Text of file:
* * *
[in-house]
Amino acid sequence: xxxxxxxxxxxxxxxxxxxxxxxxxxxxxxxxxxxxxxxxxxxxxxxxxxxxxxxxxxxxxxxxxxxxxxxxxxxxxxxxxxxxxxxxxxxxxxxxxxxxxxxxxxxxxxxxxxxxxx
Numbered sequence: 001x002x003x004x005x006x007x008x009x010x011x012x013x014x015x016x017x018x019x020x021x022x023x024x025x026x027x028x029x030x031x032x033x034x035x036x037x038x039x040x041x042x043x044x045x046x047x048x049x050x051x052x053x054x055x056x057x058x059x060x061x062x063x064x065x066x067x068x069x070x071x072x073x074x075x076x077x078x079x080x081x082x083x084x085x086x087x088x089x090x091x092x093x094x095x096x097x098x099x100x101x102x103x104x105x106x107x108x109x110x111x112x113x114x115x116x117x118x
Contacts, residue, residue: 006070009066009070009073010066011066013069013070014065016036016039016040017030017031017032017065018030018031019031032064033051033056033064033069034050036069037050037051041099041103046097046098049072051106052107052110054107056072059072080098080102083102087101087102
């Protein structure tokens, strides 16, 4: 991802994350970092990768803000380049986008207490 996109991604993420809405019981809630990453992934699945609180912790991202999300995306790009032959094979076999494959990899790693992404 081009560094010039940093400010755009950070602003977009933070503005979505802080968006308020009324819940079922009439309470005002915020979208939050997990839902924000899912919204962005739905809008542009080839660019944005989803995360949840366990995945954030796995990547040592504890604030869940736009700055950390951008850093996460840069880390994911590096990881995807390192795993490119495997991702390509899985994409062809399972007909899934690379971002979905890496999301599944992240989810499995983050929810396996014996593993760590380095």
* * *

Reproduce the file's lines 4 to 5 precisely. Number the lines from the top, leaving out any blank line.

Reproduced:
Contacts, residue, residue: 006070009066009070009073010066011066013069013070014065016036016039016040017030017031017032017065018030018031019031032064033051033056033064033069034050036069037050037051041099041103046097046098049072051106052107052110054107056072059072080098080102083102087101087102
């Protein structure tokens, strides 16, 4: 991802994350970092990768803000380049986008207490 996109991604993420809405019981809630990453992934699945609180912790991202999300995306790009032959094979076999494959990899790693992404 081009560094010039940093400010755009950070602003977009933070503005979505802080968006308020009324819940079922009439309470005002915020979208939050997990839902924000899912919204962005739905809008542009080839660019944005989803995360949840366990995945954030796995990547040592504890604030869940736009700055950390951008850093996460840069880390994911590096990881995807390192795993490119495997991702390509899985994409062809399972007909899934690379971002979905890496999301599944992240989810499995983050929810396996014996593993760590380095």